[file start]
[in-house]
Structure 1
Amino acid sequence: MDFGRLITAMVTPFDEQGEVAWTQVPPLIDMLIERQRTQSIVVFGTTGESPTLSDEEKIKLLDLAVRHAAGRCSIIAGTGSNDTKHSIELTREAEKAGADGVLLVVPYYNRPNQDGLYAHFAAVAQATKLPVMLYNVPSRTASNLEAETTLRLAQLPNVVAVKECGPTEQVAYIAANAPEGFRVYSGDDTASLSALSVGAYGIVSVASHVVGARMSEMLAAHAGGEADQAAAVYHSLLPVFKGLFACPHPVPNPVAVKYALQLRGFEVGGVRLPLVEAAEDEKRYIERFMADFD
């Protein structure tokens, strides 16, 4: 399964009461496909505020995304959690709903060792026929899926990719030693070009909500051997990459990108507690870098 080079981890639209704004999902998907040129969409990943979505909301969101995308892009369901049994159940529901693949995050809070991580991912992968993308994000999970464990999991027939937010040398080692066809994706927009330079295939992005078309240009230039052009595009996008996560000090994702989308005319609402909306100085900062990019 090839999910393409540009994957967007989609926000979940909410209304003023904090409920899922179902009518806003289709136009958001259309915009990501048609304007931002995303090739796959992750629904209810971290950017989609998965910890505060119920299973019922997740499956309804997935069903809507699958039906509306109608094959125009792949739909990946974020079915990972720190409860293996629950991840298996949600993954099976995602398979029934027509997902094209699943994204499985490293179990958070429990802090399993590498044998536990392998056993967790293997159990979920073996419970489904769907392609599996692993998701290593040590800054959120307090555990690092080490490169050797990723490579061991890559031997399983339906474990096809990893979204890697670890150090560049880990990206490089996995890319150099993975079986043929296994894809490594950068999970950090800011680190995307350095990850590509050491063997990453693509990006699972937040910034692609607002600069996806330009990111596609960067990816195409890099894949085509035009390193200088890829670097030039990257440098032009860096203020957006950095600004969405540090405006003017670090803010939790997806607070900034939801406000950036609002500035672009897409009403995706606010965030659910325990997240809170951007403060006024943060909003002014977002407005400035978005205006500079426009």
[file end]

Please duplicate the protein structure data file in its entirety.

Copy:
[in-house]
Structure 1
Amino acid sequence: MDFGRLITAMVTPFDEQGEVAWTQVPPLIDMLIERQRTQSIVVFGTTGESPTLSDEEKIKLLDLAVRHAAGRCSIIAGTGSNDTKHSIELTREAEKAGADGVLLVVPYYNRPNQDGLYAHFAAVAQATKLPVMLYNVPSRTASNLEAETTLRLAQLPNVVAVKECGPTEQVAYIAANAPEGFRVYSGDDTASLSALSVGAYGIVSVASHVVGARMSEMLAAHAGGEADQAAAVYHSLLPVFKGLFACPHPVPNPVAVKYALQLRGFEVGGVRLPLVEAAEDEKRYIERFMADFD
């Protein structure tokens, strides 16, 4: 399964009461496909505020995304959690709903060792026929899926990719030693070009909500051997990459990108507690870098 080079981890639209704004999902998907040129969409990943979505909301969101995308892009369901049994159940529901693949995050809070991580991912992968993308994000999970464990999991027939937010040398080692066809994706927009330079295939992005078309240009230039052009595009996008996560000090994702989308005319609402909306100085900062990019 090839999910393409540009994957967007989609926000979940909410209304003023904090409920899922179902009518806003289709136009958001259309915009990501048609304007931002995303090739796959992750629904209810971290950017989609998965910890505060119920299973019922997740499956309804997935069903809507699958039906509306109608094959125009792949739909990946974020079915990972720190409860293996629950991840298996949600993954099976995602398979029934027509997902094209699943994204499985490293179990958070429990802090399993590498044998536990392998056993967790293997159990979920073996419970489904769907392609599996692993998701290593040590800054959120307090555990690092080490490169050797990723490579061991890559031997399983339906474990096809990893979204890697670890150090560049880990990206490089996995890319150099993975079986043929296994894809490594950068999970950090800011680190995307350095990850590509050491063997990453693509990006699972937040910034692609607002600069996806330009990111596609960067990816195409890099894949085509035009390193200088890829670097030039990257440098032009860096203020957006950095600004969405540090405006003017670090803010939790997806607070900034939801406000950036609002500035672009897409009403995706606010965030659910325990997240809170951007403060006024943060909003002014977002407005400035978005205006500079426009």